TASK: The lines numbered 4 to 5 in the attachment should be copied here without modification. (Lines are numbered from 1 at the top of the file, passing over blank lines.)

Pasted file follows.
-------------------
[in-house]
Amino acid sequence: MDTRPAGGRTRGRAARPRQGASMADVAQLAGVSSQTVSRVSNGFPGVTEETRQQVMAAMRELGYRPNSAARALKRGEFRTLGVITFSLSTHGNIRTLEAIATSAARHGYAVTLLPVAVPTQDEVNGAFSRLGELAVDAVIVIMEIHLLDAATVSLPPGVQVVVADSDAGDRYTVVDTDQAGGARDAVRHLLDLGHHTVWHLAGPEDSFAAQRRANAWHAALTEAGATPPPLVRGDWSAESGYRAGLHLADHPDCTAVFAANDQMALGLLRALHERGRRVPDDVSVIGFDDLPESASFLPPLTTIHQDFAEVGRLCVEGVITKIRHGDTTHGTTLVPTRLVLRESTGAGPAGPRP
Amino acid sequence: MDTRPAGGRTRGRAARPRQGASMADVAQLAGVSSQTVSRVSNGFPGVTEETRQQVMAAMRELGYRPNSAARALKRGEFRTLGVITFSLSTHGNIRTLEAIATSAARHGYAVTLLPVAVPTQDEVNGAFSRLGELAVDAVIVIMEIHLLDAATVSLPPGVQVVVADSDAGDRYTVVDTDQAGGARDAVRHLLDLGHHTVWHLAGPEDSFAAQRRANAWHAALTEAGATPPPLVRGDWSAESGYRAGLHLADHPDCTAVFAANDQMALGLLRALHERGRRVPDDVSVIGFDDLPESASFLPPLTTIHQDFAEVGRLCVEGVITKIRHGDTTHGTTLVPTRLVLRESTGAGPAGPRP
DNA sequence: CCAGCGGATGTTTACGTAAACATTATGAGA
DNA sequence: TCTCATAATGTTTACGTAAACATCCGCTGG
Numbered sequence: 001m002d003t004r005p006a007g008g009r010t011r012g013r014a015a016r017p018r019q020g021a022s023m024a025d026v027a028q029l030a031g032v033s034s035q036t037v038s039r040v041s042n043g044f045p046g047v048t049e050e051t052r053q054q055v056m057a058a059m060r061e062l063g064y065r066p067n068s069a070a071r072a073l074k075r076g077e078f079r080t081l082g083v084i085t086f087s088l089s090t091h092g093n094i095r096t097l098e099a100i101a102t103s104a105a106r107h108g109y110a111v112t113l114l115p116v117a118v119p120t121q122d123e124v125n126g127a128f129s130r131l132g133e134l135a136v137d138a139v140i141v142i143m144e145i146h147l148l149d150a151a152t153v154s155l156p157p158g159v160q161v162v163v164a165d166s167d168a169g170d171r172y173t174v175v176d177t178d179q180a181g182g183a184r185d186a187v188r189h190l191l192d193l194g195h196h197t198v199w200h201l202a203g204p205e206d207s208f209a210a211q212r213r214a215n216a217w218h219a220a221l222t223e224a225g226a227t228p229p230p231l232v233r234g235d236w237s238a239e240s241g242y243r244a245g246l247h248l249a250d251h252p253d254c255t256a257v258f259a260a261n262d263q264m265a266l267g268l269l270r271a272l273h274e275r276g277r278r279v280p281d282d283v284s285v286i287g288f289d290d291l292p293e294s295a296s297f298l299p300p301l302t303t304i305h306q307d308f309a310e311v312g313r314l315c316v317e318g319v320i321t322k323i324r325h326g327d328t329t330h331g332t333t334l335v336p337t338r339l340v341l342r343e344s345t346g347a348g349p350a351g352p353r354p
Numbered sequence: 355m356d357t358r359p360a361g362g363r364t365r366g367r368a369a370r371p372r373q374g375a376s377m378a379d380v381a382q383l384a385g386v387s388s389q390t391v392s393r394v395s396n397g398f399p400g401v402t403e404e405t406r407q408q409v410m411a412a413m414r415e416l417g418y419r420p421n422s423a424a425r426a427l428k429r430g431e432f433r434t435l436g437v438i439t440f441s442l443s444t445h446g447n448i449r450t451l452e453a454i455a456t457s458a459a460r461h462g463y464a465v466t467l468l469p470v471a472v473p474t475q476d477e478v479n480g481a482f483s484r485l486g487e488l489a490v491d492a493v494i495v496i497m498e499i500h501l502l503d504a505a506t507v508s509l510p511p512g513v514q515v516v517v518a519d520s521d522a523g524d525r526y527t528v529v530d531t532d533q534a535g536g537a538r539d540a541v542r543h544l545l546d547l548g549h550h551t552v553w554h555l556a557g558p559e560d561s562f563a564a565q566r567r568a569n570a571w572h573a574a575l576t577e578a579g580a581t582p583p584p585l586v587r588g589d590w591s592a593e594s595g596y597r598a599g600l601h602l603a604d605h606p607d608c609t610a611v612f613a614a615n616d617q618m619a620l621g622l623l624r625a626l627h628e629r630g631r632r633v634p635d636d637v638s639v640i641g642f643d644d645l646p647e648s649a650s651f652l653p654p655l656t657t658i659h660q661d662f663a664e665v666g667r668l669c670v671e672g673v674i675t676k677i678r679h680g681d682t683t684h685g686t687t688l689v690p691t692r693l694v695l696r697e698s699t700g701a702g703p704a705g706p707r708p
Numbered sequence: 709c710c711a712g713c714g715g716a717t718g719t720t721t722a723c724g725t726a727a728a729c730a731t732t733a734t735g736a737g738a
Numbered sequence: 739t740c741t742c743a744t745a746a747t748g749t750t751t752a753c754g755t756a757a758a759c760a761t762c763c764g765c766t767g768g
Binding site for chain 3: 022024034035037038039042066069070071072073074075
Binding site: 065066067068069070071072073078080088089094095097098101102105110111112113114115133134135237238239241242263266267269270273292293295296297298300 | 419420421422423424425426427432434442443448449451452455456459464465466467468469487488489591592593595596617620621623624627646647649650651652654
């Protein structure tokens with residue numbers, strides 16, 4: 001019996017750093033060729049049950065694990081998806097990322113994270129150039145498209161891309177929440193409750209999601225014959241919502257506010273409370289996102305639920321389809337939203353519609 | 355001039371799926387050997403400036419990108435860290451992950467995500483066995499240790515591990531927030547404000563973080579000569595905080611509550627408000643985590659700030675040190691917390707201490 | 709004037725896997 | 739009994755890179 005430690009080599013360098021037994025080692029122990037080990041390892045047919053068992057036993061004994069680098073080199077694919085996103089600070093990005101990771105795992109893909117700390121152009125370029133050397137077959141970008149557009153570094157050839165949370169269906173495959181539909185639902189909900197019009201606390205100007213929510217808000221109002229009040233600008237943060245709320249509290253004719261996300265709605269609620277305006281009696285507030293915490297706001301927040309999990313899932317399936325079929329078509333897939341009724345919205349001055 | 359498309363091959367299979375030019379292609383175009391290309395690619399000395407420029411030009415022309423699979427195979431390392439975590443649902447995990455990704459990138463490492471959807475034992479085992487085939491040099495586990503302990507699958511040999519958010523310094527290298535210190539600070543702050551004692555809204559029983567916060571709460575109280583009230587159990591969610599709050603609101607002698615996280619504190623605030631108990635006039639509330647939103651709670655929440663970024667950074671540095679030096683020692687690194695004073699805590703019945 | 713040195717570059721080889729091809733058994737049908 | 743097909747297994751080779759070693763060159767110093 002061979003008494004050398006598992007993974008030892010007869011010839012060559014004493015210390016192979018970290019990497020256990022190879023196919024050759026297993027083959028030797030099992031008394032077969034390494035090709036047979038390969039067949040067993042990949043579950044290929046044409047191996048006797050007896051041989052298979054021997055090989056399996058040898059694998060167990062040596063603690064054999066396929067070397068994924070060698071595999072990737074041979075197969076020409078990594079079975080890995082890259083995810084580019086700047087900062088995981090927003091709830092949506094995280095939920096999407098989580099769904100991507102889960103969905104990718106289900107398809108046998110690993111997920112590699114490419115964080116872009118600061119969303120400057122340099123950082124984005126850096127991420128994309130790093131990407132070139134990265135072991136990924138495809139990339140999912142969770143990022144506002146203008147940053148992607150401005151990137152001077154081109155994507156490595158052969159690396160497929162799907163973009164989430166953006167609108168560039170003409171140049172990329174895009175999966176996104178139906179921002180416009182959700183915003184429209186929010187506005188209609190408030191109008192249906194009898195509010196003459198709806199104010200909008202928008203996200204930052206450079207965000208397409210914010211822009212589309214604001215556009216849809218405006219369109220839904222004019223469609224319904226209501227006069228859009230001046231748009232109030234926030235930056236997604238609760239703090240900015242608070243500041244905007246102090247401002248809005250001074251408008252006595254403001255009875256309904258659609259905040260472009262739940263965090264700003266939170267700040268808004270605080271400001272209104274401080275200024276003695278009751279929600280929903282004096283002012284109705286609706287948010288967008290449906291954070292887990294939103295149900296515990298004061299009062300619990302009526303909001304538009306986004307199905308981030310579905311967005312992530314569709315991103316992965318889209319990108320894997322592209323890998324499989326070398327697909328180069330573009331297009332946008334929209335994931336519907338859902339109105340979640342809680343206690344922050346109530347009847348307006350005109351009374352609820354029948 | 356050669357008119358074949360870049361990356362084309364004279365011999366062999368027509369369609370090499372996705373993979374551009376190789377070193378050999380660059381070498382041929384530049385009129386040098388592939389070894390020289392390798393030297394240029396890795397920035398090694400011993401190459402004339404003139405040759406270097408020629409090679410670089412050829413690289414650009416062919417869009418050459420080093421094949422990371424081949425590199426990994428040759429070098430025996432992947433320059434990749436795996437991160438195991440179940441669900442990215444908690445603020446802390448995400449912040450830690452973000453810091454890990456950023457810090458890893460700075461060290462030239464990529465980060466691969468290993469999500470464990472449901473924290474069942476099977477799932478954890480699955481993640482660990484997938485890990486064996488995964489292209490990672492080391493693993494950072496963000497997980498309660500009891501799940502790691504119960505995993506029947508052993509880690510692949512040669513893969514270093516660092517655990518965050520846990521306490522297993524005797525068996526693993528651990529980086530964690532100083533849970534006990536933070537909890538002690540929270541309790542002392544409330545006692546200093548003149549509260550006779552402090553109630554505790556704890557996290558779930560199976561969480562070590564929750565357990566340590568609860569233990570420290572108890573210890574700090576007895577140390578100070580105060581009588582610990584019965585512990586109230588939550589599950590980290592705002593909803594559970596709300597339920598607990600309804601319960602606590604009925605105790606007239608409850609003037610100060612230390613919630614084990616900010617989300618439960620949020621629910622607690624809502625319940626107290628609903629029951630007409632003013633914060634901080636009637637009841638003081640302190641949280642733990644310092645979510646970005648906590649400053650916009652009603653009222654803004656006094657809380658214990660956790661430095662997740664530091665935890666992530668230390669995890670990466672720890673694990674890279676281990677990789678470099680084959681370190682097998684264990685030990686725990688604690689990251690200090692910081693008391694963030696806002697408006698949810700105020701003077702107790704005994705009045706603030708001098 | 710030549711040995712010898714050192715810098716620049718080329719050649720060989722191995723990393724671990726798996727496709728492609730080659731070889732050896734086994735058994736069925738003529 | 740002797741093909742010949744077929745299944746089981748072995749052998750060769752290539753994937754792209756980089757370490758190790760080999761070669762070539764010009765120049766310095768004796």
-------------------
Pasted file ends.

DNA sequence: CCAGCGGATGTTTACGTAAACATTATGAGA
DNA sequence: TCTCATAATGTTTACGTAAACATCCGCTGG